Dating My Wardrobe: Negotiating Space at Naumkeag

As I embark on a sartorial romance, dating my vintage wardrobe, I realize that the clothes on my back are the only real constant in my life. Every seven years, my very own body freakishly exists as collection of completely new regenerated cells, and I certainly have changed my mind over the steady march of time. I lived in various places, as visitor with a lease agreement, but nothing so permanent to call my own. My clothes. My woven companions. These are the only things which cling to my person with any sort of permanence. This negotiation of space, both personal and geographical, always includes a piece of my beloved wardrobe. But enough about me. Let’s talk about Naumkeag, and my date with my vintage 1980s circle skirt and off-the-shoulder shirt.

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Moi in the “Afternoon Garden”

I realize that the places I typically drag my wardrobe along to exist as historical sites, and are generally reserved as a landmark, and preserved for public posterity only after some rich, old white dude from the Gilded Age drops dead, and his descendants of a modern age can no longer afford to upkeep an overgrown, and ostentatious property. This is where a board of trustees, or the government swoops in to care for the property, offering its remarkable beauty to the public (for a nominal fee). This period of historical tourism, for any designated space, is only one chapter in the line of many. As I visited Naumkeag, in the Prospect Hill district of Stockbridge, MA, I do so considering the many different people, structures, purposes and names that the historic spot possessed. Like myself, Naumkeag is a space which has experienced a history of negotiation and reorganization. As I tip-toe through the “Chinese Garden,” perched on a Hill once inhabited by Native Americans, but now exists in an exclusive residential area of New England, only the company of my 1980s tropical motif skirt makes any sense.

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Joseph Hodges Choate, old, rich white dude

While I can’t account for the Stockbridge region during the Mesozoic, Cretaceous, Neolithic eras, historically, Stockbridge was inhabited by Mohican Native Americans. During the 1730s, Stockbridge was founded as a Mission Community, where reading, writing and the Christian doctrine was taught to the Mohicans, and other Native tribes. In the late-19th century, the site on top of Prospect Hill which would become Naumkeag was purchased by prominent New York City lawyer, Joseph Hodges Chaote. Here’s where some name/place negotiation gets tricky. Choate came from the Essex County area of Massachusetts, originally inhabited by the Naumkeag Native American tribe. Before Salem, MA became Salem, it was known as Naumkeag– most likely derived from the Algonkian root “namaas” (fish), and “ki” (place)– or fishing place. Joseph Choate liked the idea of the tranquil fishing hole behind the name Naumkeag, and so he named his Stockbridge area summer home, purchased in 1884, “Naumkeag,” leaving behind his Choate name in the Essex County area, where one can find Choate Hall and Choate Island.

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The Front Entrance to Naumkeag

Ok. Considering the naming, and renaming of all of these places is making my head spin. I’m holding my familiar circle skirt and fanny pack near and dear, and moving on to my date. To begin, I park near some cows in the visitor parking area, put my lipstick on (with the approval of onlooking heifers),  and march-up Prospect Hill. I purchase my ticket, and while I wait to tour the 44-room shingle-style “summer cottage” of Naumkeag, designed by the infamous Stanford White of the architectural firm McKim, Mead & White in 1885, I stroll around the thematic gardens of the property. I think about Stanford White’s violent end, while I admire the tranquil Berkshire Mountains from the Tree Peony Terrace. Aside from being a talented architect, Stanford White was a seasoned lover of the ladies. unfortunately choosing to romance celebrated beauty– and wife of millionaire Harry Kendall Thaw– Evelyn Nesbit. In a fit of rage and jealousy, Thaw murders White in what was contemporaneously termed “The Trial of the Century.” Needless to say, White’s career–among other things– ends.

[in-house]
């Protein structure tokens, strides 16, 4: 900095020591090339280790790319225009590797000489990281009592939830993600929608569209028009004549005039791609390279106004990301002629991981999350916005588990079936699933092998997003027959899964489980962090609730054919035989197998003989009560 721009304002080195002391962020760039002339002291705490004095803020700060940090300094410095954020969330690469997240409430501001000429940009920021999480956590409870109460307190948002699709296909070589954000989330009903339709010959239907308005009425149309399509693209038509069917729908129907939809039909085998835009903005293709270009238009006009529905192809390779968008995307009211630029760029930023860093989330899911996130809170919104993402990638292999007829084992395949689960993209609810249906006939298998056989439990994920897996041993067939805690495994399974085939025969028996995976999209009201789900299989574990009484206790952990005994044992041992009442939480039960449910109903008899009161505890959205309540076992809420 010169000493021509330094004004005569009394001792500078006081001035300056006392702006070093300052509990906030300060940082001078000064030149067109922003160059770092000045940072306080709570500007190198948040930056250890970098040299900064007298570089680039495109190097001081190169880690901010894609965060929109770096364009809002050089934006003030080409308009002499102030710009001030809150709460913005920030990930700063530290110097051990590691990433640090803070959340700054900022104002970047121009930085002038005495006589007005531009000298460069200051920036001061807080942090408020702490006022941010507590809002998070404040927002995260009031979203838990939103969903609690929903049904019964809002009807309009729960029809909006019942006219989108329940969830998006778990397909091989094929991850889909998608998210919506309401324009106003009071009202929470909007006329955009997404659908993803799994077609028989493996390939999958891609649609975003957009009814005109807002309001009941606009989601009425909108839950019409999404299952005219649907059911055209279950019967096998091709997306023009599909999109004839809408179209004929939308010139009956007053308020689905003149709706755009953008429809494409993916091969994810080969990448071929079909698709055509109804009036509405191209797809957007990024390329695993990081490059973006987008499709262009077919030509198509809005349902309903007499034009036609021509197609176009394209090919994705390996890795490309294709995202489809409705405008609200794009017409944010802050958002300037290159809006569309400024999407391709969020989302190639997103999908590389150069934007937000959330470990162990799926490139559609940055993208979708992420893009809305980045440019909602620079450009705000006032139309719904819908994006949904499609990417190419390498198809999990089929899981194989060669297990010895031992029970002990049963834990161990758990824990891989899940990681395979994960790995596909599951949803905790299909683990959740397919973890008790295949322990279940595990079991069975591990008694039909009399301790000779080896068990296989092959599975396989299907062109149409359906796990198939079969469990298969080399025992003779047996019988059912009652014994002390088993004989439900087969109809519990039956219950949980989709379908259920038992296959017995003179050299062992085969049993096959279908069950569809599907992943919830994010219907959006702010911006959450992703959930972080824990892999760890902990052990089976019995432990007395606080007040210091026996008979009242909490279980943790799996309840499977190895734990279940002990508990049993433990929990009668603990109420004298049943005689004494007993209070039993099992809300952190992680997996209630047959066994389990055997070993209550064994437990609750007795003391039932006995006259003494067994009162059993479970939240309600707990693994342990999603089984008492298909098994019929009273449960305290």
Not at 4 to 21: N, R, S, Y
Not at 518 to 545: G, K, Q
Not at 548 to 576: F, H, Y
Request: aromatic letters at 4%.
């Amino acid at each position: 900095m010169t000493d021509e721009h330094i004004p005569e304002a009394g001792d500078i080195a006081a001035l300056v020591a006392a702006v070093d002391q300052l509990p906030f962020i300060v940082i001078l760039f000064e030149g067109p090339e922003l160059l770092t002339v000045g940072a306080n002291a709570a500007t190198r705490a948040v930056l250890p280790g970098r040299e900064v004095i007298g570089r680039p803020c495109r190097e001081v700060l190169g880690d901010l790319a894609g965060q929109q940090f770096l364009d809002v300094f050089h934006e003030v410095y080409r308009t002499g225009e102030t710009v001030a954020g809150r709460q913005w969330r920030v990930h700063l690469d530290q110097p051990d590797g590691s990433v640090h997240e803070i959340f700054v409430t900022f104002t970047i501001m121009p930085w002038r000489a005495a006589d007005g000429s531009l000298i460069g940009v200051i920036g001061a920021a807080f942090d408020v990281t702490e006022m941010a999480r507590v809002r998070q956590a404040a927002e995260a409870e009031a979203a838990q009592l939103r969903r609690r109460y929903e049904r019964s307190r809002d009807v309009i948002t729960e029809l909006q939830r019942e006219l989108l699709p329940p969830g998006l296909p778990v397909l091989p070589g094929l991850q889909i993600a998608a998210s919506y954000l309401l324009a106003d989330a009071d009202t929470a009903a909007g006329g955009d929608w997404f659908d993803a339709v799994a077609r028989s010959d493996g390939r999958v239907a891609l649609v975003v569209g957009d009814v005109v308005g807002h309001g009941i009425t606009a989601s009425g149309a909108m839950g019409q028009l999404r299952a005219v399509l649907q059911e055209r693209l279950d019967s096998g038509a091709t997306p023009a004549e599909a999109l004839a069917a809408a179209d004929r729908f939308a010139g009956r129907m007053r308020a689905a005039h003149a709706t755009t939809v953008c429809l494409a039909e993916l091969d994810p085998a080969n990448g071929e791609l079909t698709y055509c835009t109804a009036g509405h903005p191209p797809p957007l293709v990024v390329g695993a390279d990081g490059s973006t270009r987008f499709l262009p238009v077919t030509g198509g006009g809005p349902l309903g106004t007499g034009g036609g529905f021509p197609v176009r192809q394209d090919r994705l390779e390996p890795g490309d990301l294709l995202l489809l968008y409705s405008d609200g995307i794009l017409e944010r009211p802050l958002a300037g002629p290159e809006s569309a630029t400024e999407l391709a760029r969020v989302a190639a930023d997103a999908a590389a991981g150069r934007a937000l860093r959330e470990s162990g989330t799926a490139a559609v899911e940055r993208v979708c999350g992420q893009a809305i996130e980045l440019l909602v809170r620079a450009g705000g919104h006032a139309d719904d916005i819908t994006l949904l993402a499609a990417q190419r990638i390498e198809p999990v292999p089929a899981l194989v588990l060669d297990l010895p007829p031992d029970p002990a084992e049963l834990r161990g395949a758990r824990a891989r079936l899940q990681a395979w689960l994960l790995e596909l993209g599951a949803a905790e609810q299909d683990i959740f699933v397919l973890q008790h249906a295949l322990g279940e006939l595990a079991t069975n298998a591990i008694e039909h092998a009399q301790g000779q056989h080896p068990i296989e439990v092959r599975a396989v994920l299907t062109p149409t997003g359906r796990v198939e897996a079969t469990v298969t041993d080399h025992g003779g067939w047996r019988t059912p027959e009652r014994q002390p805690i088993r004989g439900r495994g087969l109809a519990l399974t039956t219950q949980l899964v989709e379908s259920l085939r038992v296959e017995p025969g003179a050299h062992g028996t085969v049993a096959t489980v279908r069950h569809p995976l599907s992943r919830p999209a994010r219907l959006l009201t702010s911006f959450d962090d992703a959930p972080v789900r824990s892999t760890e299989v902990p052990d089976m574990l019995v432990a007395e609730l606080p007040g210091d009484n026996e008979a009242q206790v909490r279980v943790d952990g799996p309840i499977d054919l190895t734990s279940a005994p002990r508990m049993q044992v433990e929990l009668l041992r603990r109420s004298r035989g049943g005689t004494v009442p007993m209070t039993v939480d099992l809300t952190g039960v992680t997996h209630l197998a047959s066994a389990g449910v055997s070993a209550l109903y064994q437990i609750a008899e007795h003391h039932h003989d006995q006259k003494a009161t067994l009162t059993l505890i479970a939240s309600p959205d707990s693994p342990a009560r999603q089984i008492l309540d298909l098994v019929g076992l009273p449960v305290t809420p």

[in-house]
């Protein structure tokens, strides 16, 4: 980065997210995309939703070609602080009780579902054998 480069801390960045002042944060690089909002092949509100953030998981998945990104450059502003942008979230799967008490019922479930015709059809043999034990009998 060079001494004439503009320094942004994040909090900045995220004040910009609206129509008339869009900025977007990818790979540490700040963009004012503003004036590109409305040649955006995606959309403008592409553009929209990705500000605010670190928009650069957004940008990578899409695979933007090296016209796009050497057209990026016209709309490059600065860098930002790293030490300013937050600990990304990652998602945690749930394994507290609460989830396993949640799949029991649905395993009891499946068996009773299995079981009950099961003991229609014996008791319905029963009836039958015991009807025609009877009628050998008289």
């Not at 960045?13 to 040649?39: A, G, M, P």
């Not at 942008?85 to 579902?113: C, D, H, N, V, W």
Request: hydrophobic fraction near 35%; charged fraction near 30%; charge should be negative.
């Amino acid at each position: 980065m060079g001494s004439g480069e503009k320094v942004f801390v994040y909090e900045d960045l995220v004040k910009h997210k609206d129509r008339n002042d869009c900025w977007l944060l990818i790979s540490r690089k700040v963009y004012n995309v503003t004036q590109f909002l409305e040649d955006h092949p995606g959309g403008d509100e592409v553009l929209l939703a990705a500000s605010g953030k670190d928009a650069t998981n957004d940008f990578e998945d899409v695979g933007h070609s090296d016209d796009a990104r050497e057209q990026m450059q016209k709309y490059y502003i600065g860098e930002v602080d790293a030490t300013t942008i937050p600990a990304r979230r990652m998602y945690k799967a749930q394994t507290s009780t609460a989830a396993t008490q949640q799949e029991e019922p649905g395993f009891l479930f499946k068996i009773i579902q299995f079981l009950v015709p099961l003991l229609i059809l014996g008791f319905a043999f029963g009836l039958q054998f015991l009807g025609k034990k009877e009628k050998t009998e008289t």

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View from Tree Peony Terrace Where I Contemplate                                                 Murder…That of Stanford White, of Course!

But, I’m not fixated on the house for long. My attention is drawn to the gardens of property, largely developed by the last resident Naumkeag, Mabel Choate. Following the death of her father in 1917, Mabel took the reigns of revamping the gardens, collaborating with the landscape designer Fletcher Steele in 1926 to create the Afternoon Garden, Rose Garden, Tree Peony Terrace, Evergreen Garden, the Chinese Garden, and Steele’s world renown Blue Steps, featuring a graduated series of water fountains with cobalt blue tiles, and flanking staircases.

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Studying the Art of Leisure in the “Chinese Garden”

I move from the Tree Peony Terrace to what is called the “Chinese Garden,” which showcases Mabel Choate’s collection of Asian sculpture, acquired from her travels. Despite my current status as a post graduate student, working two internships, and living with my aunt in a little pink room, I am able to pretend that I am a lady of leisure, in an age dripping with golden opportunity. I sit in a comfortable orange recliner, located in the fantasy Chinese pagoda-style outdoor patio, and admire the geometric and minimalistic water features of the garden. After a bit of lounging, I exit the Chinese Gardens through a lovely circular gateway– an action which is considered good luck.

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The green inhabitants of the Afternoon Garden

The rest of my garden-tour is an ongoing series of walking, stopping, having my breath taken away from a view, sitting, making sure that my skirt stops riding-up my leg, and fanny pack quits its 360 degree revolution around my waist, and walking again. Through this experience, my vintage wardrobe and I grew closer than ever. Negotiating spaces can be confusing. Names change, people change, places change, but clothes remain the same.

 

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My Own Muse: Hot Date with Myself, No. 2, Blithewood Garden, Red Hook, NY.